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something that is slow-growing or won't cause much harm. You can get benign tumours, which won't spread throughout the body, for instance.

MENSTRUAL CYCLE- The periodic shedding of uterine lining and blood that has built up in the uterus. Women often experience pain, cramping, bloating, emotional changes, breast tenderness or fatigue during this time

PUBERTY - A stage of human development commonly occurring in adolescence. During this stage, an individual's body undergoes sexual maturation.

HORMONES - chemical substances created by the body that control numerous body functions.

SEX HORMONES - hormones responsible for producing sex characteristics and controlling sexual functions

GYNOCOMASTEIA - the development of abnormally large mammary glands in males resulting in breast enlargement.

MAMMOGRAM - An X-ray of the breast that can detect cancers too small to be felt by breast self-examination.

ULTRASOUND - Imaging of body parts using sound waves. Ultrasound uses sound waves that are above the range of human hearing to create an image of organs within the body.

BIOPSY - The procedure that takes tissue samples from a site suspected for disease. The samples are studied with a microscope.


(Advameg, 2010

DUCTS - Carry milk from lobule to nipple.


AREOLA - The circular, darkened area of skin on the breast. The areola contains the nipple and the Montgomery glands (small bumps surrounding the nipple). The areola can vary in color from lightly pigmented to dark brown or black.




There are many conditions of the breast which may cause visible changes.

Some of the more common ones diagnosed in teenagers include:


Breast cysts are fluid-filled sacs that develop in the breast tissue. Cysts naturally occur as the breast ages and changes.

Near the surface cysts feel soft, deeper into the breast tissue cysts become hard lumps. Cysts can develop anywhere in the breast. However, they are more commonly found in the upper half. Some women find cysts to be uncomfortable, even painful. Before a period cysts may become larger, and feel sore and tender.

Cysts usually become noticeable as a lump in the breast, or are sometimes found by chance when you have a breast examination or routine breast screening

f you do have a breast cyst or cysts you won't usually need any further treatment or follow up. Many cysts go away by themselves and are nothing to worry about.

If the cyst is large and causing discomfort, or doesn't go away on its own, your specialist will draw off the fluid using a fine needle and syringe. Once the fluid has been drawn off the cyst usually disappears.


The breasts are made up of ducts and lobules, which are surrounded by fatty tissue and supportive tissue. Sometimes tissue will grow over a lobule like a ball, forming a solid lump. This is a fibroadenoma.

Fibroadenomas are very common and it is not unusual to have more than one. Often developing during puberty, they are mostly found in young women, but can occur at any age.  

Most fibroadenomas are about 1 to 3cm in size. When more than 5cm they're called giant fibroadenomas. While fibroadenomas found in teenage girls are called juvenile fibroadenomas.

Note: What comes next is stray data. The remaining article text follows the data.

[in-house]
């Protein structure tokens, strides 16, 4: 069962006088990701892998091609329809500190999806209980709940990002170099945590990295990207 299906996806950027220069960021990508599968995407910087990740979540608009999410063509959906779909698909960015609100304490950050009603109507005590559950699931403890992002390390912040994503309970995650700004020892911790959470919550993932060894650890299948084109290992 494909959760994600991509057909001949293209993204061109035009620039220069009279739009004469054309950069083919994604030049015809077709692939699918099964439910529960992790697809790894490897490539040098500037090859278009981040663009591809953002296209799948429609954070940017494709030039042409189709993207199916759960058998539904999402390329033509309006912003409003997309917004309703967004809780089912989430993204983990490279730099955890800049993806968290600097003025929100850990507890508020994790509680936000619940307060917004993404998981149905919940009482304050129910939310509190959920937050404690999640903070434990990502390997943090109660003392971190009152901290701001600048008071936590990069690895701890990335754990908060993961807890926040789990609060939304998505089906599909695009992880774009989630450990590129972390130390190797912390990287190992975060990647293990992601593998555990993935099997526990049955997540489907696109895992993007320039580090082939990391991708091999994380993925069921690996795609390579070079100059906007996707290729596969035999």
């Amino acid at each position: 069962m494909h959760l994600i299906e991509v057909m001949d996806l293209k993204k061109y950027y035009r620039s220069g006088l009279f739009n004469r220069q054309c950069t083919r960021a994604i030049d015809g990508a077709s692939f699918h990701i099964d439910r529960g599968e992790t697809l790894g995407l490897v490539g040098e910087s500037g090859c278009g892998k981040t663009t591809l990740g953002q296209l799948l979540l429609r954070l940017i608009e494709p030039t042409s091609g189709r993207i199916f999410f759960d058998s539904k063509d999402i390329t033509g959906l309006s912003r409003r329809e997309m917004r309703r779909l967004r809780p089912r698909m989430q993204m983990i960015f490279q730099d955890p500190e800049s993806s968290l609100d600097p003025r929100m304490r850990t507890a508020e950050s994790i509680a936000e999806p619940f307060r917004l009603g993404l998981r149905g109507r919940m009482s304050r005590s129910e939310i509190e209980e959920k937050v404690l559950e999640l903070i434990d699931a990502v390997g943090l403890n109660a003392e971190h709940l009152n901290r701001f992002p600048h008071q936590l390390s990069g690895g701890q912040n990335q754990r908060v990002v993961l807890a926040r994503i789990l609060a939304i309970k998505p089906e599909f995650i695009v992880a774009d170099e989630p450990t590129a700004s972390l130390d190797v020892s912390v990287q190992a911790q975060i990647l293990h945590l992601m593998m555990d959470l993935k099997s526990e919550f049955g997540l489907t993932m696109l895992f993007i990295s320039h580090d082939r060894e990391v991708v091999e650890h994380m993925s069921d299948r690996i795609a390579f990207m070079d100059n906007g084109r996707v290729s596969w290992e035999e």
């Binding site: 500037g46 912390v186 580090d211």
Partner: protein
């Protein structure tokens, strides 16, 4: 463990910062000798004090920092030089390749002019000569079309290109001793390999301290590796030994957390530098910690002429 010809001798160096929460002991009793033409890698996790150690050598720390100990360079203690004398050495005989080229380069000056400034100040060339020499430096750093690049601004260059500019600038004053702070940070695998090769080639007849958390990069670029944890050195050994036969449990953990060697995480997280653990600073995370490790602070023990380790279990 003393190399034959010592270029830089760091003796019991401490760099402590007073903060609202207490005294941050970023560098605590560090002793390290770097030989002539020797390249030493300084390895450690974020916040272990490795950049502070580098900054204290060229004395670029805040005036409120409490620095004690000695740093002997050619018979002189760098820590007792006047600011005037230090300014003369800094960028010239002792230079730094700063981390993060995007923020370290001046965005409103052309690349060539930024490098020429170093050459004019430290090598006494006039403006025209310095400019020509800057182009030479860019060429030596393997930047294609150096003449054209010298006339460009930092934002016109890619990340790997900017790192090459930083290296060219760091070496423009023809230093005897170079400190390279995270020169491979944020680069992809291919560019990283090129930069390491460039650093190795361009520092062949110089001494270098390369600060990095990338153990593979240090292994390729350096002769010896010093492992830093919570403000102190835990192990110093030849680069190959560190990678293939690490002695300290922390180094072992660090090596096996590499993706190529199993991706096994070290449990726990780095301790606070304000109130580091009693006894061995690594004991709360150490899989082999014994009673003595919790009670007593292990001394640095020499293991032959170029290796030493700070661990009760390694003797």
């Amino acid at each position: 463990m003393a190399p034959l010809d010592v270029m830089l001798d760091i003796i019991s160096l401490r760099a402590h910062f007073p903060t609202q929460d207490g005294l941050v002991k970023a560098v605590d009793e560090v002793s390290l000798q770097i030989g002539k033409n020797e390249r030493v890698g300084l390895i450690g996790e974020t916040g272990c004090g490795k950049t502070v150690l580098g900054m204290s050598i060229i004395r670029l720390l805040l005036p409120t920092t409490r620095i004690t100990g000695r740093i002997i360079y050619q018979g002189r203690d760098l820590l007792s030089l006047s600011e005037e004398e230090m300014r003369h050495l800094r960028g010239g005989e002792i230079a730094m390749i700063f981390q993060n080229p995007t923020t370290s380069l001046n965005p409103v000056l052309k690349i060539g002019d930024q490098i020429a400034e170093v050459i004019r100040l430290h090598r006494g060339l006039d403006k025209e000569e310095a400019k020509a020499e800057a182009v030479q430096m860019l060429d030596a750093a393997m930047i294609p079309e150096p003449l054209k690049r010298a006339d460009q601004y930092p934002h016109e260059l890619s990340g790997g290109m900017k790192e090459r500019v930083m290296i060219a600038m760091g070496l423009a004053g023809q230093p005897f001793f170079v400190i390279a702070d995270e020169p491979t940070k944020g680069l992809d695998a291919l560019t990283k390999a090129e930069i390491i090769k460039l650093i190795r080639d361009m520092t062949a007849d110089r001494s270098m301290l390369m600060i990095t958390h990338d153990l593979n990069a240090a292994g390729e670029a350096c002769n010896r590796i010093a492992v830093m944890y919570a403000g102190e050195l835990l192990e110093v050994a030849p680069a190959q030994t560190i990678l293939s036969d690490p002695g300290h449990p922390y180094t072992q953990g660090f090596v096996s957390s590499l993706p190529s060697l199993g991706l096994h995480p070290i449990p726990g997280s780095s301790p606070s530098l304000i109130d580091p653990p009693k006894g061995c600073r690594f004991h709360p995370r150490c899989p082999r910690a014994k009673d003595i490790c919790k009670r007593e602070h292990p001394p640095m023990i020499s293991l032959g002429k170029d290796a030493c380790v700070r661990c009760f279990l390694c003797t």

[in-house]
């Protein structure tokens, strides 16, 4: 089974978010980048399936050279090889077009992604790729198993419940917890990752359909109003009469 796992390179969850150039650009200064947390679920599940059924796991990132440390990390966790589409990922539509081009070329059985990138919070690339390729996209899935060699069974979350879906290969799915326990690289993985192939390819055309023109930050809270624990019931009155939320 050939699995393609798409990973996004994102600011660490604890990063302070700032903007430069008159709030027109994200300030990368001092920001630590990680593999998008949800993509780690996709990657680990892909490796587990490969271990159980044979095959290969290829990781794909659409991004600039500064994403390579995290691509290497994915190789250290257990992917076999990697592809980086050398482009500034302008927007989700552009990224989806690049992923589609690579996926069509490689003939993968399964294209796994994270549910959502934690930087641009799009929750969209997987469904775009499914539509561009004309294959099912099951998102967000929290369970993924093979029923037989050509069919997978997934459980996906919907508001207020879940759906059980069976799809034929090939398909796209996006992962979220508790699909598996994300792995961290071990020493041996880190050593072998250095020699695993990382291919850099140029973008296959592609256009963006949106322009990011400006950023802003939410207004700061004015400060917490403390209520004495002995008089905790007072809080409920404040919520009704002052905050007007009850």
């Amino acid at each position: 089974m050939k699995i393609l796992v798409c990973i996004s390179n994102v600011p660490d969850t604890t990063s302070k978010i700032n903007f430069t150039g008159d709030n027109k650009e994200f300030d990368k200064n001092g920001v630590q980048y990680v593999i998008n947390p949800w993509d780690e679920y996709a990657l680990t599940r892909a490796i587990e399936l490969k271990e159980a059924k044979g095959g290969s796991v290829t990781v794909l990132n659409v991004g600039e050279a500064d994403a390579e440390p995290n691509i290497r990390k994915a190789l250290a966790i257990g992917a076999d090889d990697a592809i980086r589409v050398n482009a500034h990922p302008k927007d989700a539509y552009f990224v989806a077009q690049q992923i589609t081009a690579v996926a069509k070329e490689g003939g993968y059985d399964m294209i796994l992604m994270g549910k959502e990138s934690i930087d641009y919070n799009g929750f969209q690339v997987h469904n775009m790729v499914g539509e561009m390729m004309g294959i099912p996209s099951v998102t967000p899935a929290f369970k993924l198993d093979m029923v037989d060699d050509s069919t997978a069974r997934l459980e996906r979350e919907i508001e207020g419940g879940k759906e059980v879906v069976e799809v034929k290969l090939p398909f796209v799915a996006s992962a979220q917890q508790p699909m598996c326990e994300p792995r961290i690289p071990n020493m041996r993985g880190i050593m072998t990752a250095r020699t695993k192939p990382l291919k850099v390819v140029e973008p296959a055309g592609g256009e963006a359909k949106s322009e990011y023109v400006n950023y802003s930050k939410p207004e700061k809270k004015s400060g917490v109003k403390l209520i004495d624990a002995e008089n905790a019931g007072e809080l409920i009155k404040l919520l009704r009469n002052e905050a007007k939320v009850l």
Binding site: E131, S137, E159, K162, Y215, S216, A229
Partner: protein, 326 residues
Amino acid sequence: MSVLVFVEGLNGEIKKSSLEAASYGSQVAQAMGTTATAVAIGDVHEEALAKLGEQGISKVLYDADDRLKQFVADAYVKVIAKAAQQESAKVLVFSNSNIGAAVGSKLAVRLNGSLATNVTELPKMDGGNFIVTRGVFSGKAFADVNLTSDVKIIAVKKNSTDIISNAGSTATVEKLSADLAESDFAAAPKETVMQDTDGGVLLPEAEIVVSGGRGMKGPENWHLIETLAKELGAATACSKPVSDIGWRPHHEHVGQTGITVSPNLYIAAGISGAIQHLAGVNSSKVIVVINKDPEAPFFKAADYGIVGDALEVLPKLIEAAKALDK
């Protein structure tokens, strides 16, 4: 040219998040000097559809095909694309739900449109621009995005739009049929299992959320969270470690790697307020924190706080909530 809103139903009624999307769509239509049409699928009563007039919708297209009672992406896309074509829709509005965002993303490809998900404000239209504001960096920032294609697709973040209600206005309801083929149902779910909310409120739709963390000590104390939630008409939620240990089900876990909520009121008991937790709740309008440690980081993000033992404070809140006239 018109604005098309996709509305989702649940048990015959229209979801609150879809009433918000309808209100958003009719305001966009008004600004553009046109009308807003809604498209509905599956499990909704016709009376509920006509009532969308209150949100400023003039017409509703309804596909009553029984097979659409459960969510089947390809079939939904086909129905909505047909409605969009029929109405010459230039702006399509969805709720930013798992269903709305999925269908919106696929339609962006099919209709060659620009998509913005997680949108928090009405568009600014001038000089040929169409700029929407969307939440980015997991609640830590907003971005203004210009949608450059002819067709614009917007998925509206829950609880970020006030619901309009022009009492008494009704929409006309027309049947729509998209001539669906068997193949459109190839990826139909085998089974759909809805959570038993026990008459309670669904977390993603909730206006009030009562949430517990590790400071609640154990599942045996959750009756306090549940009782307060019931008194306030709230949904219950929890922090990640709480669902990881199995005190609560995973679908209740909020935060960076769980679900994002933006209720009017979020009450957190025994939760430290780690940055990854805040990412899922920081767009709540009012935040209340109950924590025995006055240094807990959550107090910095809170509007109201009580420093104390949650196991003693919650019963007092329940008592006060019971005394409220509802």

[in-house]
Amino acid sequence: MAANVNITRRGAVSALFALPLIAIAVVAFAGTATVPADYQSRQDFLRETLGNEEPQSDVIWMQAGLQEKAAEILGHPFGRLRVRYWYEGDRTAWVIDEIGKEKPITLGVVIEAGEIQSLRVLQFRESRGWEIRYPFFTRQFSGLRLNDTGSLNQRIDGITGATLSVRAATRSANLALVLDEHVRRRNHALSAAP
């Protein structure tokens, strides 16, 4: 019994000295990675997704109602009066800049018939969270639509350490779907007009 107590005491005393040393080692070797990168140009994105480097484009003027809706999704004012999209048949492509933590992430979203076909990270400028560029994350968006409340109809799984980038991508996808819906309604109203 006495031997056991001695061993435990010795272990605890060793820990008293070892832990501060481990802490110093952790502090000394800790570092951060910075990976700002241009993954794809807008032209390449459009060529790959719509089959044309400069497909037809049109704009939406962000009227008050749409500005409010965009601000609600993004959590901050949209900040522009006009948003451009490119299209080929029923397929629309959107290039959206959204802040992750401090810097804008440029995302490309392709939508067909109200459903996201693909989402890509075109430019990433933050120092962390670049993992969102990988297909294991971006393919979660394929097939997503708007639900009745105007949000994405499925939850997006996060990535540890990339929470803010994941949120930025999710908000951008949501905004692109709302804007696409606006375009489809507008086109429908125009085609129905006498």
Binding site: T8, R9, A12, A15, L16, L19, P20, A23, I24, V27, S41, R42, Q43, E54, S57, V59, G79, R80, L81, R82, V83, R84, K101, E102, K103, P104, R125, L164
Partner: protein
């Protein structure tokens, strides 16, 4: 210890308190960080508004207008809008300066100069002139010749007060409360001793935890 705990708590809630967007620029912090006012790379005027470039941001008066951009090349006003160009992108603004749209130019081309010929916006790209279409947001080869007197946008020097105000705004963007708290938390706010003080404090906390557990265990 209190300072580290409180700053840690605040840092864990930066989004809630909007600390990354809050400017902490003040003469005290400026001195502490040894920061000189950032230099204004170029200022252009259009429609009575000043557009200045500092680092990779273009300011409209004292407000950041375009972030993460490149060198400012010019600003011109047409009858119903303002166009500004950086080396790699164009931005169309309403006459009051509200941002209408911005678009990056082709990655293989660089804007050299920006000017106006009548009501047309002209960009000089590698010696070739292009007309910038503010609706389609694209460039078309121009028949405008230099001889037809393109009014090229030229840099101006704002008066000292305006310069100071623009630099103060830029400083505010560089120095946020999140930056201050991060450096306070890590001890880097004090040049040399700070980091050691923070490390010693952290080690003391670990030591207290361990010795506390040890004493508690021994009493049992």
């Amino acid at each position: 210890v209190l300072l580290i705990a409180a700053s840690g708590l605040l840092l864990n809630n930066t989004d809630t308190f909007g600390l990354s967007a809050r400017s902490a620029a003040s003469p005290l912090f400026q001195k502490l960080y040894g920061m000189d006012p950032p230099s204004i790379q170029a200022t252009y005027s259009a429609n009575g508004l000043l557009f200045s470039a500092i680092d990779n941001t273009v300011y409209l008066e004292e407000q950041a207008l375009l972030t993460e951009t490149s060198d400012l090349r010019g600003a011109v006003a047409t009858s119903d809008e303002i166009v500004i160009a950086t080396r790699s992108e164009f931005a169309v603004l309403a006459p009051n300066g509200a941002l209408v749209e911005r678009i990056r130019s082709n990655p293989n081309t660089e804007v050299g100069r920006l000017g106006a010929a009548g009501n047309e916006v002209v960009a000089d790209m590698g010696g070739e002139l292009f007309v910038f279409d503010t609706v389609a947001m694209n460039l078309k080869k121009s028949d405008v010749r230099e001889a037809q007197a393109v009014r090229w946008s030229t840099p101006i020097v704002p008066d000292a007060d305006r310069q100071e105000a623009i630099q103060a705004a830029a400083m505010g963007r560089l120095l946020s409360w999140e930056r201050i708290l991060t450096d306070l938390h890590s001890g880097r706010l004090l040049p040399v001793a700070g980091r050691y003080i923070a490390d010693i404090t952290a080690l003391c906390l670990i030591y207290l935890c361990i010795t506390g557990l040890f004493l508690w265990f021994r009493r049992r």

Most fibroadenomas stay the same size. Some get smaller and some eventually disappear over time. Infrequently, fibroadenomas get bigger, particularly in teenage girls and pregnant and breastfeeding women. This is quite normal and nothing to worry about.

Fibroadenomas usually become noticeable as a lump in the breast. Your GP will note the lump and refer you to a breast clinic for testing.

A triple assessment of testing will reveal a definite diagnosis. These are a breast examination, a mammogram or ultrasound scan, and a fine needle aspiration cytology (FNAC) or core biopsy.

In most cases you won't need any follow up or treatment if you have a fibroadenoma. Usually you'll only be asked to go back to your GP or the breast clinic if it gets bigger or becomes painful.

Sometimes fibroadenoma larger than 3cm are surgically removed if you would prefer it.


Breast pain (mastalgia) is very common, affecting women of all ages and at any time in their lives.

There are two main types of breast pain:

cyclical - directly related to the menstrual cycle

non-cyclical - unrelated to menstruation.

Both types are treatable, if you have breast pain which is long lasting or severe talk with your GP. On its own breast pain is not usually a symptom of breast cancer. 

Cyclical breast pain

Linked to the menstrual cycle, cyclical breast pain usually affects women a week or so before a period.

It can affect you in the following ways:

a burning, prickling, stabbing or drawing-in pain

one or both breasts can be painful

it can spread to the axilla (armpit) and down the arm and shoulder blade.

Non-cyclical breast pain

There are two types of non-cyclical breast pain:

true breast pain that comes from the breast but is not linked to the menstrual cycle

pain that is felt in the area of the breast but is actually coming from elsewhere such as the muscles, bones and joints (referred to as musculoskeletal pain).

Both of these can result in continuous pain and can affect women both before and after the menopause.

What this means

Having breast pain does not increase your risk of breast cancer, but it is still important to be breast aware and go back to your GP if you notice any other changes.

If there are any breast conditions which are not listed here, or if you would like any more information on an of the above:

Speak to your GP, school nurse of other health professional

Visit one of the sites on our reference page

Visit NHS direct and search for the specific condition

Speak to your family and friends if you feel able to.